Innovators & Influencers: Juniper Networks' Steve Hanna

As co-chair of two key network security groups, Steve Hanna has a lot of sway over NAC's future.

December 15, 2007

3 Min Read
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Network access control, an approach to network security that focuses on endpoint security, has largely been bogged down in competing frameworks, hype, and general confusion about what exactly NAC is.

But NAC's future is clear to Steve Hanna, distinguished engineer at Juniper Networks. He believes a universally agreed-upon standard is critical to moving NAC forward, and he might have the influence to make it happen. Hanna co-chairs Trusted Computing Group's Trusted Network Connect and IETF's Network Endpoint Assessment groups--both key to NAC's development.

His work at Trusted Network Connect has focused on the standardization process and evangelizing the value of TNC standards. It's no secret Cisco Systems hasn't joined the Trusted Computing Group, and that a network-based protocol suite that doesn't involve the dominant market switch maker is untenable. IETF's NEA group was formed to loop Cisco and other companies not in the TCG into the standardization process. As a leader in both groups, achieving parity between them is one of Hanna's primary goals.

What really gets Hanna excited isn't committee meetings, it's upcoming NAC features that integrate more network-based services such as intrusion detection, security event management, and technologies that can aid in making intelligent decisions about the actions and health of an endpoint.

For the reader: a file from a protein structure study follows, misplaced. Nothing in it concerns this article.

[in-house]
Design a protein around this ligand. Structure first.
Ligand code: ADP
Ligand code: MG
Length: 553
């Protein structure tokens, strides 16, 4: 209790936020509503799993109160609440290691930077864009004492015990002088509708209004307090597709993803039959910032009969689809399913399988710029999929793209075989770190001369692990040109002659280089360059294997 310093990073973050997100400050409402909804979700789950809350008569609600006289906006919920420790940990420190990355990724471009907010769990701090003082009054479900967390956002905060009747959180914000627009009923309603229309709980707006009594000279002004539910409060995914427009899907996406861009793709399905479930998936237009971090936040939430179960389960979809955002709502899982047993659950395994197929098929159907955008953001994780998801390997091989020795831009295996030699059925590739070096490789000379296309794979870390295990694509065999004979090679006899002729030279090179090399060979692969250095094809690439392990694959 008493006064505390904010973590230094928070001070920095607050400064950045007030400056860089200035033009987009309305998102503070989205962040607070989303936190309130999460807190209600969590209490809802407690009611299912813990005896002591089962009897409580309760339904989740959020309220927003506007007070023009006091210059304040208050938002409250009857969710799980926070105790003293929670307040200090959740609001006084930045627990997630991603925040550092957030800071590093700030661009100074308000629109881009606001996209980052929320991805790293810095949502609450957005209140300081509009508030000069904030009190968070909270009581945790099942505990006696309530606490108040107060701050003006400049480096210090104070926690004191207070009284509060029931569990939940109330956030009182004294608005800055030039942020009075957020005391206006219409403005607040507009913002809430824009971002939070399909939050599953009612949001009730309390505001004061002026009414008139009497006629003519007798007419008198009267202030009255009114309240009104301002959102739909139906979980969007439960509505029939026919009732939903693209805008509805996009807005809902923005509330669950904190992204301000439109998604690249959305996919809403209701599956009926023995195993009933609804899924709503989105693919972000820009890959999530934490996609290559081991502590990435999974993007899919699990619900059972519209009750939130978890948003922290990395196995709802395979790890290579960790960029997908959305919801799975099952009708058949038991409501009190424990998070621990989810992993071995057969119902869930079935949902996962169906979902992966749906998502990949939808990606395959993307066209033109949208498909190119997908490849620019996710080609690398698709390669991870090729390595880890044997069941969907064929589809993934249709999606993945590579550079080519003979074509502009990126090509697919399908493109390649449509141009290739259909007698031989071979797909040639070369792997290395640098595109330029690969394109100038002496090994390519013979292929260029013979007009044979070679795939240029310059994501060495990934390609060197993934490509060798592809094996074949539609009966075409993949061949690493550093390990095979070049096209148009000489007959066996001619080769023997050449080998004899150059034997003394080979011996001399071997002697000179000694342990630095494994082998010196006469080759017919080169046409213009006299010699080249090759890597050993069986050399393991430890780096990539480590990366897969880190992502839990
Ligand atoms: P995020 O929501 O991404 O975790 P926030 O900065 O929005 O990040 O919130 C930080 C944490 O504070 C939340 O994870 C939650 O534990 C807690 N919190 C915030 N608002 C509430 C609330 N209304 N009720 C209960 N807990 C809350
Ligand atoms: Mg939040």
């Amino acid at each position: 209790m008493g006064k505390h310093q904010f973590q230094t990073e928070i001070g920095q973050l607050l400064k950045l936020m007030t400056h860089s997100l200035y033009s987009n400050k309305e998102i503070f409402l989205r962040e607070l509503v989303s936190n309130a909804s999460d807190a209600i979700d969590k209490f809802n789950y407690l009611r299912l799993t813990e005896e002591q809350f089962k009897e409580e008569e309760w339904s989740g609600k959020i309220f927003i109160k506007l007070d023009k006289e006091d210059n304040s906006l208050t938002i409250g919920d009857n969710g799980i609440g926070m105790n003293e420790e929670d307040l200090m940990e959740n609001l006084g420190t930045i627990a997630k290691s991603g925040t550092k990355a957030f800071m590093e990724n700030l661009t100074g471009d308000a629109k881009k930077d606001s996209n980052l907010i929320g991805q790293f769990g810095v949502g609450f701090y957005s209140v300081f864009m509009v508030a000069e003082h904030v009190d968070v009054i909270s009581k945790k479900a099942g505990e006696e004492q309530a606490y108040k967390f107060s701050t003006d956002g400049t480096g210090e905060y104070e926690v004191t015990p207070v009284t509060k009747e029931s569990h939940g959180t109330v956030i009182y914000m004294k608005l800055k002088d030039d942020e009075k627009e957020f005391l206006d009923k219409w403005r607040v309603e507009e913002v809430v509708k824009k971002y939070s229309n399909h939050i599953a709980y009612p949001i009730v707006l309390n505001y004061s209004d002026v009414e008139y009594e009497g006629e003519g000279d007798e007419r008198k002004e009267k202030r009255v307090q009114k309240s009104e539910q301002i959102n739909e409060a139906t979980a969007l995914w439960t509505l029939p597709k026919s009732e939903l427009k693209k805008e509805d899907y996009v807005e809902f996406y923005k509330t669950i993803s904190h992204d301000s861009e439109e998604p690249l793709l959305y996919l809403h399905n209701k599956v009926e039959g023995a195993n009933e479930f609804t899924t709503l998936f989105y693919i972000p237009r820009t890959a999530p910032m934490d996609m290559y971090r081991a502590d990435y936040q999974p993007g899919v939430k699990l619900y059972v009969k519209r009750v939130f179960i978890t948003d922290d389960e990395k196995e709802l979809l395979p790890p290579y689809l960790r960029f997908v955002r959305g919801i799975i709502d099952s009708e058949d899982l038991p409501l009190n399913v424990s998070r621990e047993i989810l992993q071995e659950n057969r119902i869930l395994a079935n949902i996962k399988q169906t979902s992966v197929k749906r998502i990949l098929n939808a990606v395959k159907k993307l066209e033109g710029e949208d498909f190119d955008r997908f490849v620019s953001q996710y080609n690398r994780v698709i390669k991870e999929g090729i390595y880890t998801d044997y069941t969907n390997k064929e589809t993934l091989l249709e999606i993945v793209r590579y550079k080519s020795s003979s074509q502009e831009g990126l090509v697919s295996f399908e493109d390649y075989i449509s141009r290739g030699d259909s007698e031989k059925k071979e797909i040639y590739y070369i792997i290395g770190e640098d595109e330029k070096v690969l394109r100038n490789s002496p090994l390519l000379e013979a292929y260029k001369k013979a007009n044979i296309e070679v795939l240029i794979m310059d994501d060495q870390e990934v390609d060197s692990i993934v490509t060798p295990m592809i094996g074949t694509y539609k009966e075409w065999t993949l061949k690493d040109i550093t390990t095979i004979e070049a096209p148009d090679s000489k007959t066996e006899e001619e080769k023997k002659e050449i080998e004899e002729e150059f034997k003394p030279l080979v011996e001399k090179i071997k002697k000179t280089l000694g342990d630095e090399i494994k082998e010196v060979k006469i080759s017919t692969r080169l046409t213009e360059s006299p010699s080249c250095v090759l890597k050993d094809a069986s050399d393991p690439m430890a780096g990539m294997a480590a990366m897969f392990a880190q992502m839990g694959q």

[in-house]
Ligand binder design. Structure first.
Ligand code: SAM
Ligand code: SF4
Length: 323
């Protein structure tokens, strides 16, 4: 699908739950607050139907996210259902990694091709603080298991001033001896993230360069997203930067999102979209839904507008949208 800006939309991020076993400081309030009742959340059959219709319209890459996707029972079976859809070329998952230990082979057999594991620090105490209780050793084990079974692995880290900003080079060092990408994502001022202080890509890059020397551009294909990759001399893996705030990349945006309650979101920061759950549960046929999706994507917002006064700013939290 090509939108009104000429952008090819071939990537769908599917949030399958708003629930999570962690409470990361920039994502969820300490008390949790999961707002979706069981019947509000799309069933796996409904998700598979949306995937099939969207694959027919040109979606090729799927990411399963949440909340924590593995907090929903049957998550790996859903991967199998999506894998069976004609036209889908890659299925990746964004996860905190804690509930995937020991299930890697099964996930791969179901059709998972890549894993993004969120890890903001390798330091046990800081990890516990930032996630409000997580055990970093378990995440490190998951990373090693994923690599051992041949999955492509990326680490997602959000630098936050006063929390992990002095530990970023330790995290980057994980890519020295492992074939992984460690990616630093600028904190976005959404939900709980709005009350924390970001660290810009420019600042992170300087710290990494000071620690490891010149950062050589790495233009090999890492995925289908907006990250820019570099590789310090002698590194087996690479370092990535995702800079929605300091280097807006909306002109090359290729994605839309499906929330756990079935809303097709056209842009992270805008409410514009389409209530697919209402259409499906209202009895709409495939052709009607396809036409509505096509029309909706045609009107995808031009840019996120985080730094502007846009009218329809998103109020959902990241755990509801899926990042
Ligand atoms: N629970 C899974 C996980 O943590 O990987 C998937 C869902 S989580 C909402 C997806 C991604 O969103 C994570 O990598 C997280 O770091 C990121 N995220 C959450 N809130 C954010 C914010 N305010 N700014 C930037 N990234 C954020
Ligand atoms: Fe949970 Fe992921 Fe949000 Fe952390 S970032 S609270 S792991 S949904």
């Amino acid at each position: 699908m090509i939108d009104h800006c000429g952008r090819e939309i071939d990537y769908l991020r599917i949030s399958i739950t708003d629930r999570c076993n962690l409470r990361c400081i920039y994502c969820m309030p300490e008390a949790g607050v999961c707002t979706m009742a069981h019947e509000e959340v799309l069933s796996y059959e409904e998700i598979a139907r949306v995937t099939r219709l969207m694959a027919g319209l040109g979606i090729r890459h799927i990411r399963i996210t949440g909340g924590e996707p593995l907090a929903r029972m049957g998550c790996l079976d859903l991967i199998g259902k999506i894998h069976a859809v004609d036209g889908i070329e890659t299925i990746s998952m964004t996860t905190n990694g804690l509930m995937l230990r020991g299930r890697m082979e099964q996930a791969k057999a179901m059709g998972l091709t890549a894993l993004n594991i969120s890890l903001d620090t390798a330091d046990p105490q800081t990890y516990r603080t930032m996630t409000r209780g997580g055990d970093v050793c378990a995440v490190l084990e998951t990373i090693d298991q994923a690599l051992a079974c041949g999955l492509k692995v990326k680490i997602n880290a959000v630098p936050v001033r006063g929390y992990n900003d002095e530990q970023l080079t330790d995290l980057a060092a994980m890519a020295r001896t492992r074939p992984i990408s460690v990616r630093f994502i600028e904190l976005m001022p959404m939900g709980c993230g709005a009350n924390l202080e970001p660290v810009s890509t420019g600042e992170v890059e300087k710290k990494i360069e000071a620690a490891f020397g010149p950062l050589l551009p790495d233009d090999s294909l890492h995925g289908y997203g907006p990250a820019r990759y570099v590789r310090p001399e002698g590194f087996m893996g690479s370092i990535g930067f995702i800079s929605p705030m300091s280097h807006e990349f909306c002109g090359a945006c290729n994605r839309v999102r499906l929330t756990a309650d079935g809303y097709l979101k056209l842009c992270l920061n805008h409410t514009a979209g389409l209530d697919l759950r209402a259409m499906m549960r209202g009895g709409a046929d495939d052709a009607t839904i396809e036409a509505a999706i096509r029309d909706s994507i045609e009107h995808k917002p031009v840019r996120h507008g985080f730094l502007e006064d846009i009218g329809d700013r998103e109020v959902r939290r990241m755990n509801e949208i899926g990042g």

Q&A With Steve Hanna

InformationWeek: How will you work out differences between the standards developed by the Trusted Computing Group's Trusted Network Connect and the Internet Engineering Task Force's Network Endpoint Assessment working group?
Hanna: All of the NAC architectures and protocols are really quite similar. I don't think it will be too hard to bridge this gap.
InformationWeek: Instead of creating an IEF working group just to include Cisco, why not just face off and wait for someone to blink?
Hanna: TCG is committed to achieving universal NAC interoperability based on open standards. Playing games with Cisco wouldn't benefit anyone, especially customers. The sooner we can get everyone to agree on the standards, the better.
InformationWeek: So obviously the TNC and the IETF get the benefit of you co-chairing and bridging both groups. What does Juniper get?
Hanna: Juniper has always been a big support of open NAC standards. We were founding members of the TNC effort. Our NAC solution is based on the TNC standards. We have an interest in making sure that NAC standards work and work well. That's my job, and that's what Juniper gets from my role as TNC and IETF co-chair.
InformationWeek: Do you see a time when the various working groups in the TCG will combine work so that, for example, there will be a way to have a trusted boot process that can be reported through the TNC client?
Hanna: We already have that! TCG specifications can be used together or separately, at the customer's option. So you can do a trusted boot with TPM and then report the results through TNC. There are products shipping now that do this, and we often demo it at trade shows like Interop. Other combinations of TCG specs are used also: TPM-based authentication with TNC, etc.

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